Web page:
Australia's Mumbrella speculates that the recent troubles of retailer Woolworths - launching and then relaunching their loyalty program after customer and supplier complaints - may have negatively impacted Australian consumers' overall perception of customer loyalty programs. Are Woolworths' troubles a symptom of Australian disloyalty, or a root cause?
By Rick Ferguson
Mumbrella's question was prompted by a recent ICLP study that found Australians have one of the lowest "brand devotion" scores in the world - per the study, only 3 percent of Australian consumers show devotion to brands - three times lower than the global average of 9 percent. Simon Morgan, GM at ICLP Australia, thinks that Woolworths' loyalty program missteps - which included dropping its partnership with Qantas only to reinstate it, and then relaunching its new loyalty program after a customer and supplier backlash - may have had an impact. Money quote:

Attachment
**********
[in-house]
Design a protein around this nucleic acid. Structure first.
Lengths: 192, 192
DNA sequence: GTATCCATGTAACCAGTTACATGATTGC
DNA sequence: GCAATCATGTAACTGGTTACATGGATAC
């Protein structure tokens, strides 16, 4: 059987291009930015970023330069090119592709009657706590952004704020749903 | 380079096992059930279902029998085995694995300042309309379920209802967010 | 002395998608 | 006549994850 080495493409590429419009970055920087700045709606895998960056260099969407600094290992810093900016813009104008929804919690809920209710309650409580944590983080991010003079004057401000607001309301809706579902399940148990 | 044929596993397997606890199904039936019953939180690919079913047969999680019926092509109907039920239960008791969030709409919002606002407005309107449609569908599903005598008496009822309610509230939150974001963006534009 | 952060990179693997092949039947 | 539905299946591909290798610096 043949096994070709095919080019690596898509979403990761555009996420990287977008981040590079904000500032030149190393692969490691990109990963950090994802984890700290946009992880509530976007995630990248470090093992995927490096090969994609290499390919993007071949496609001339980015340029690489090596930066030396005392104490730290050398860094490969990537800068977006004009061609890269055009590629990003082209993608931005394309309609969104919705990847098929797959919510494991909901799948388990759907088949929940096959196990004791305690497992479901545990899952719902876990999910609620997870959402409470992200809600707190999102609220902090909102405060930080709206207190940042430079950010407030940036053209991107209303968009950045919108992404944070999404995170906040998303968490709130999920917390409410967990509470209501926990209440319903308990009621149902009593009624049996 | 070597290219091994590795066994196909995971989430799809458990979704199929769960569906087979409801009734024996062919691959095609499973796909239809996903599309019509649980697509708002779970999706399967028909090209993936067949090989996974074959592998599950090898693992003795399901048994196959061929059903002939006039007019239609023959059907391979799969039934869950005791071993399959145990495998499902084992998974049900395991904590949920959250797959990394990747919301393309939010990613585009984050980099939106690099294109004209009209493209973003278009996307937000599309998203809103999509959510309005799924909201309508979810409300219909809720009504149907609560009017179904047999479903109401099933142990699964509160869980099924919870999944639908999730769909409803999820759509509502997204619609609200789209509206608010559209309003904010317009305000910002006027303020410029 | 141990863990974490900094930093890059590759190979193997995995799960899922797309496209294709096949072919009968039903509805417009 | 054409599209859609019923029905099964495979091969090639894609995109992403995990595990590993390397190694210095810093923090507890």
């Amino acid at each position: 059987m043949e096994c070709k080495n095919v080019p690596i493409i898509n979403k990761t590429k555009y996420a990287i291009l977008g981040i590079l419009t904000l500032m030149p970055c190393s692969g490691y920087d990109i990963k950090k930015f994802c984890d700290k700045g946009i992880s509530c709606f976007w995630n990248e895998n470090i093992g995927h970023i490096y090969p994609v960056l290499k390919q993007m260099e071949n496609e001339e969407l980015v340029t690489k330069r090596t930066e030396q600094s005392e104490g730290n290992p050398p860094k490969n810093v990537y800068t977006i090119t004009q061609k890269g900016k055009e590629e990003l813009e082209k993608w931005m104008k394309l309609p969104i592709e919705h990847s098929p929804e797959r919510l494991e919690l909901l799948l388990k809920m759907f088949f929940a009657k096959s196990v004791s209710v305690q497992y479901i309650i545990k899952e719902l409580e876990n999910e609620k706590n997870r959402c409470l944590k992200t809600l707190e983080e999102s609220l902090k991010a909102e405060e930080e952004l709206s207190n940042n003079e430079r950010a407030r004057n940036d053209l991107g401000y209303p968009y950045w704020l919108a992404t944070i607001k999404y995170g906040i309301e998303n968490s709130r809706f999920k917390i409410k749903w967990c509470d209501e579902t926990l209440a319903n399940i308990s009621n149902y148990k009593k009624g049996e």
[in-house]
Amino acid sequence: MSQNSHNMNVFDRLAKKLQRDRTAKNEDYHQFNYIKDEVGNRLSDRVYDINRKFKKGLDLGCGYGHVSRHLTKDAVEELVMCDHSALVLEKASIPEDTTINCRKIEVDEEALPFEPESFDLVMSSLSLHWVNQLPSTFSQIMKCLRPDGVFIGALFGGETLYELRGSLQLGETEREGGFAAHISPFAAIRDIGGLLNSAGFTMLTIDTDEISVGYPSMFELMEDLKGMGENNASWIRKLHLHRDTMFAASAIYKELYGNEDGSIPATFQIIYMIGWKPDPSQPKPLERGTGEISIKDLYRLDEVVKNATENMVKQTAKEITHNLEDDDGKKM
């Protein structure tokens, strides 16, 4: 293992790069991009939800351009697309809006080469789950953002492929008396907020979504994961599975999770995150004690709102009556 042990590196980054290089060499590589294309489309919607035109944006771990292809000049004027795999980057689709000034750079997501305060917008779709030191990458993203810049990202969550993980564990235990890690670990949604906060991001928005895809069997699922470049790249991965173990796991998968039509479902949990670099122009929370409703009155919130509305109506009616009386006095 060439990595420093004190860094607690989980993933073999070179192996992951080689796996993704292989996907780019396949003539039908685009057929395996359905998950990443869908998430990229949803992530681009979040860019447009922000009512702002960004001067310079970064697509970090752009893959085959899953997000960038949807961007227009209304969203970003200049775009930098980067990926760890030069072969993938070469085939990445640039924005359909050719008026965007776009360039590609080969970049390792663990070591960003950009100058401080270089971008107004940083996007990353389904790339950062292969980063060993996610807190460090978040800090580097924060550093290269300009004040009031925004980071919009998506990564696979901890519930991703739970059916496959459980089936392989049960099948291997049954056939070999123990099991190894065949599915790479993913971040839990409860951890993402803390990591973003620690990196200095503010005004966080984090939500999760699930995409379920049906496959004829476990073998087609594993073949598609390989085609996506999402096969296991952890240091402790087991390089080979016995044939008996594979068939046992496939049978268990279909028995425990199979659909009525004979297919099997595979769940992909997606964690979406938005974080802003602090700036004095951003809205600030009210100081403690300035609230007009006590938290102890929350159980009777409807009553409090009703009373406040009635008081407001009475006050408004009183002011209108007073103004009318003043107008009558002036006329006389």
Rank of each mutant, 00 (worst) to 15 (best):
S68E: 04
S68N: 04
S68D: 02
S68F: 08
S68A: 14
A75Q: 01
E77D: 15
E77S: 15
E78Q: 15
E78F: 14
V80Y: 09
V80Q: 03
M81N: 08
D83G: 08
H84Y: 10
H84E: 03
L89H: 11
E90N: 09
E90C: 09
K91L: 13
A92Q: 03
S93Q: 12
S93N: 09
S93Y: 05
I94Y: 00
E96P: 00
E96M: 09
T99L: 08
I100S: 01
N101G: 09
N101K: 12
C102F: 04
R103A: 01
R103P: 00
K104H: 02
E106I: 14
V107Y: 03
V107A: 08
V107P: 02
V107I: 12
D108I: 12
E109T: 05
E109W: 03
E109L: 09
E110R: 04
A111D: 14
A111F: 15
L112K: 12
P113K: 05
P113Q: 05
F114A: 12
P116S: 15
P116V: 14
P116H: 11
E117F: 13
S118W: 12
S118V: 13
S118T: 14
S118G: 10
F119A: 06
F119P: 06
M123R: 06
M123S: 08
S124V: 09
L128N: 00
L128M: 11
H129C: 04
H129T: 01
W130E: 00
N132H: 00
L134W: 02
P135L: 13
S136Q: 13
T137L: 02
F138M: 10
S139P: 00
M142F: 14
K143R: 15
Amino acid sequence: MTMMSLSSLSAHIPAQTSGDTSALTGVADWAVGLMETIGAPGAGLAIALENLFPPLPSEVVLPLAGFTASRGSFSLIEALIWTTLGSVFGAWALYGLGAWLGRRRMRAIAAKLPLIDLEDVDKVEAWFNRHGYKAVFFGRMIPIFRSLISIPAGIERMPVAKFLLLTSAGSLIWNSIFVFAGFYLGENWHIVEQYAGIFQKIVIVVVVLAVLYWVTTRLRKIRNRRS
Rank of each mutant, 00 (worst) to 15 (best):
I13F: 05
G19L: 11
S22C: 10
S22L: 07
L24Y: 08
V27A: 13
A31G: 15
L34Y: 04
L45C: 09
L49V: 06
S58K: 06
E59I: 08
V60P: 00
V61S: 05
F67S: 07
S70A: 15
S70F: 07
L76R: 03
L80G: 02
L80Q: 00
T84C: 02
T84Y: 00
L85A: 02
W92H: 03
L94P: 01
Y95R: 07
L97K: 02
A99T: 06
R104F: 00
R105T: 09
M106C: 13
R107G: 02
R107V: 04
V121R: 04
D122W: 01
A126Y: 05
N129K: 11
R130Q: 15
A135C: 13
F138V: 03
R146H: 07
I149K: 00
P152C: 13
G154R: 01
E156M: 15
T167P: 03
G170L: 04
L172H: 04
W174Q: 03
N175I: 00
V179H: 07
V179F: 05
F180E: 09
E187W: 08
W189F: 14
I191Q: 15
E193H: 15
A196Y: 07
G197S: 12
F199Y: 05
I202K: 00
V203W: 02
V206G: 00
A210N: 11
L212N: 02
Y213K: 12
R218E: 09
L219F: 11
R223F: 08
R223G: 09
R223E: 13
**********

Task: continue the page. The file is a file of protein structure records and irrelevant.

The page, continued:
"[Morgan] said the [survey] result was, in part, driven by the perception by Australian consumers that many loyalty programs simply did not offer enough 'rewards' back to consumers. And he believes that anger over Woolworths' handling of changes to its loyalty scheme may have been a factor in Australian loyalty schemes getting a poor report card... 'I think there is a gap between what customers want and what they are getting,' Morgan told Mumbrella. 'There's no doubt that the spotlight's been shone very brightly on customer loyalty in a retail context in this market and as we know a large program has come up and been found wanting. There is no doubt about that."
It's true that Australian reward programs are generally viewed as stingier than their North American and European counterparts; as Morgan points out, 73 percent of Australians in the ICLP survey said they would buy more if they were rewarded more. That said, is it fair to blame Woolworths for the inability of Australian retailers in toto to garner more brand devotion? At a certain point, the fundamental drivers of product/service quality, price, customer service, and the overall customer experience must come into play.
Loyalty and reward programs on their own don't generate brand devotion; that's not their purpose. Loyalty programs are tools for brands to demonstrate loyalty to their own best customers through reward and recognition, and to leverage data and insight to provide a more personalized and relevant customer experience. Woolworths' may be a symptom of Australian consumer malaise, but it's very unlikely to be the sole cause.
Rick Ferguson is CEO and Editor in Chief of the Wise Marketer Group.